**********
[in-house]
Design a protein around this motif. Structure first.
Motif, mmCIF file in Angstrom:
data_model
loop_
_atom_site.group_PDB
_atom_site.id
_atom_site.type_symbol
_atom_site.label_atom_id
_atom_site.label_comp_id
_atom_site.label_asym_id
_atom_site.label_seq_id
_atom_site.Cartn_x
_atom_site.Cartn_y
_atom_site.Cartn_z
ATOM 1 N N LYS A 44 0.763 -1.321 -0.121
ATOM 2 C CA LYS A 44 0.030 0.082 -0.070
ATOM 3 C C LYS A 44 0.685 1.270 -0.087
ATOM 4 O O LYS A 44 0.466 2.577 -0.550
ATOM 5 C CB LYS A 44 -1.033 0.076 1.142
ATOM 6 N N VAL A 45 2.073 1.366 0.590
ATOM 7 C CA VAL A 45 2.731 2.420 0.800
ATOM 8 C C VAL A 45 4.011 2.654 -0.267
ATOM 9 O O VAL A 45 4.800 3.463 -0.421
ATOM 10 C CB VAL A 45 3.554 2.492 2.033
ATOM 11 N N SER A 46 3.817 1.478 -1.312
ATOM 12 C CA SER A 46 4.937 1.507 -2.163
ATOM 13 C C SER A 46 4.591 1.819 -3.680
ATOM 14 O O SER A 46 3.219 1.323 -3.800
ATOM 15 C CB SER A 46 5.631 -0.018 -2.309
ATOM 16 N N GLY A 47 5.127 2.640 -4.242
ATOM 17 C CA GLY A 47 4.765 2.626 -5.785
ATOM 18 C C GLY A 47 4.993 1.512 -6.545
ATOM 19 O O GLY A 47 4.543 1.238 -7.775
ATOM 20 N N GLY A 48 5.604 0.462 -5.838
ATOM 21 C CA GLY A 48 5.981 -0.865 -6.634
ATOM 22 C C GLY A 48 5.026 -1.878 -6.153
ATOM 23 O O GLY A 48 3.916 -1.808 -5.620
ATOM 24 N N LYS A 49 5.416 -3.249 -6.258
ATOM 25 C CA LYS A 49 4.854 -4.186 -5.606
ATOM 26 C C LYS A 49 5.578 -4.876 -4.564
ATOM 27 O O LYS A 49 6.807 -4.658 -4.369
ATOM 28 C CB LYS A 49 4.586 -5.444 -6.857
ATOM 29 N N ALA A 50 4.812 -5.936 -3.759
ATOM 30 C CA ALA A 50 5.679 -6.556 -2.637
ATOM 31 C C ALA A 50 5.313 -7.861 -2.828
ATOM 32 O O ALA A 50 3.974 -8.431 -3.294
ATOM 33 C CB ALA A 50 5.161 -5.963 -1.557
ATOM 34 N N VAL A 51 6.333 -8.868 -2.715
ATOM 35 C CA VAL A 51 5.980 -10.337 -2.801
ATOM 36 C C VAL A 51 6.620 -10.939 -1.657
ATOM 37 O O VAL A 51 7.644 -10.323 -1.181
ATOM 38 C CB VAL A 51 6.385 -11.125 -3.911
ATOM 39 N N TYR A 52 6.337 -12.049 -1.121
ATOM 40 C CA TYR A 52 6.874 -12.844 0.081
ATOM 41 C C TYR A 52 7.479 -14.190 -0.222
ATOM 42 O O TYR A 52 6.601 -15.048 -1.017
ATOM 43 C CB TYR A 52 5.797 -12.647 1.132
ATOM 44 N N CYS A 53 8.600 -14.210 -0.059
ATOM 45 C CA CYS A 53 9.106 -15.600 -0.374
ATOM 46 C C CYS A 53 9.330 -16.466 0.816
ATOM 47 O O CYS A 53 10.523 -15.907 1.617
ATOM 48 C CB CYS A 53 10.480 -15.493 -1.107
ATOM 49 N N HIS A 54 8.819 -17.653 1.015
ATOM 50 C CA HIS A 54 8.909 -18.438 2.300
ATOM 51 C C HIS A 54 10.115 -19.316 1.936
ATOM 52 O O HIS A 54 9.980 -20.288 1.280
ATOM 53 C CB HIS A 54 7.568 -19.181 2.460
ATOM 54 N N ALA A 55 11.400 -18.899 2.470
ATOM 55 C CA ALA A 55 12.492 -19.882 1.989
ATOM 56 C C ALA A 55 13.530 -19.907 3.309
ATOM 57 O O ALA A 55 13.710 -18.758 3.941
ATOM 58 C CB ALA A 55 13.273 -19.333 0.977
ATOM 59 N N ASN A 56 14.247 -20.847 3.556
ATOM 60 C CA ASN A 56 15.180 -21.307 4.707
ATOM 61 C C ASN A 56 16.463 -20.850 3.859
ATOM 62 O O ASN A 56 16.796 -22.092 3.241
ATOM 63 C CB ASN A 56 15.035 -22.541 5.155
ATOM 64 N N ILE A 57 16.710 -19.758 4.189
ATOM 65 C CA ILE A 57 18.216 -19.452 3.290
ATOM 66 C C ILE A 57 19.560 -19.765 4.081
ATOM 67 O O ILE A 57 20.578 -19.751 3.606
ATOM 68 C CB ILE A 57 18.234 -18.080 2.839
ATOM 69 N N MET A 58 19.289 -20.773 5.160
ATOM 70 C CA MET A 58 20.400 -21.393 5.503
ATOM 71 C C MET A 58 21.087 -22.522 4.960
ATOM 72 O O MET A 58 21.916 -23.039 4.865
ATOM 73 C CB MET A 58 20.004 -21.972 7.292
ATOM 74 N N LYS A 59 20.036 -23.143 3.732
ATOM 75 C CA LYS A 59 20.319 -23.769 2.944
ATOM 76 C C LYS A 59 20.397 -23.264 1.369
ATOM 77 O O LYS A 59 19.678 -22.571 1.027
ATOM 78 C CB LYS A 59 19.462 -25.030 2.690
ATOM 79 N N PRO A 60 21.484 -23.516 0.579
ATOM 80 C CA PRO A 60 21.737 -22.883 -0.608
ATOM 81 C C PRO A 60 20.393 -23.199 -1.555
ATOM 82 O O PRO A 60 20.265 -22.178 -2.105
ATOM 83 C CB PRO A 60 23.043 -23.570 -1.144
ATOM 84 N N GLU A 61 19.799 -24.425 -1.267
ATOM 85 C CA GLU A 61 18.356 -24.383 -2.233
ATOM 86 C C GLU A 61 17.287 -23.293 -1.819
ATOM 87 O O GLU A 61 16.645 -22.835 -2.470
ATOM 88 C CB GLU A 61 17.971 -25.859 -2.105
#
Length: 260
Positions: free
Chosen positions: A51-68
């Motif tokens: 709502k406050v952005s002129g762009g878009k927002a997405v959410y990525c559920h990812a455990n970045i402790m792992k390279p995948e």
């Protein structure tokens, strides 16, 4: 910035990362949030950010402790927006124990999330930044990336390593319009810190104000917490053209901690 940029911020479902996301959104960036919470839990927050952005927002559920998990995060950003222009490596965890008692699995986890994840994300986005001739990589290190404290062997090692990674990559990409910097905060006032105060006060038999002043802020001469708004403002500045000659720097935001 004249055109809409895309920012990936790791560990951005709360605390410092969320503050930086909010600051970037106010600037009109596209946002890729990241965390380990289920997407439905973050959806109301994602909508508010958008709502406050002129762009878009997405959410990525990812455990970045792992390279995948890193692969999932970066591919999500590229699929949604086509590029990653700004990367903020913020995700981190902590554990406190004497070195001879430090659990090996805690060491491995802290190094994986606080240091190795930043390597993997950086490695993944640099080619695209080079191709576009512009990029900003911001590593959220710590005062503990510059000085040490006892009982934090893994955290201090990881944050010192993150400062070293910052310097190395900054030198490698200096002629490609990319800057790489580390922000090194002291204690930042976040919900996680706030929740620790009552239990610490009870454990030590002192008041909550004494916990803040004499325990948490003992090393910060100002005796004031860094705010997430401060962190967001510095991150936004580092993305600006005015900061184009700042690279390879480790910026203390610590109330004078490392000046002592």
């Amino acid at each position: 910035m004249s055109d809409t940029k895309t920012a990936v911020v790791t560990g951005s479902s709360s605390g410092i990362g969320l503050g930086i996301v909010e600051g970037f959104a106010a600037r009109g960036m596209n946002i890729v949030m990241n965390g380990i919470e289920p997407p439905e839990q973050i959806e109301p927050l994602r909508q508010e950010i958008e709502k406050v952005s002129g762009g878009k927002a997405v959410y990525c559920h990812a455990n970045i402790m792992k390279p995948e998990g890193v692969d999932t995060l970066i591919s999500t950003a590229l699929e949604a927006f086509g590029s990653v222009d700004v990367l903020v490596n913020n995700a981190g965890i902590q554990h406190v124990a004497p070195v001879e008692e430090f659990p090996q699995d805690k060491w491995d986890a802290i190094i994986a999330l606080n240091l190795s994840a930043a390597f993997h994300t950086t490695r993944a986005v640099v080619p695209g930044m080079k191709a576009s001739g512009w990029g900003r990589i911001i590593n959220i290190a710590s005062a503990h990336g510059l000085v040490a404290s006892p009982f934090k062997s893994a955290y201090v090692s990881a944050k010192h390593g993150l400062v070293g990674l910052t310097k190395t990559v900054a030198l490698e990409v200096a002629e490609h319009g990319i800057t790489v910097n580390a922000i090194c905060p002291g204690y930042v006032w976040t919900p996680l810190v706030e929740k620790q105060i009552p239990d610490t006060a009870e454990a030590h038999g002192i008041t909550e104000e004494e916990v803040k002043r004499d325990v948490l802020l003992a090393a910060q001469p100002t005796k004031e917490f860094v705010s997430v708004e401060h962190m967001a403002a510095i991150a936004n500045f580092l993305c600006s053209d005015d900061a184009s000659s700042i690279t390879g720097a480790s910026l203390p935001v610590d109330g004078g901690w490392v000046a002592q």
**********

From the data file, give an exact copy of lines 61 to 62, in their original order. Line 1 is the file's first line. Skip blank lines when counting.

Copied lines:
ATOM 46 C C CYS A 53 9.330 -16.466 0.816
ATOM 47 O O CYS A 53 10.523 -15.907 1.617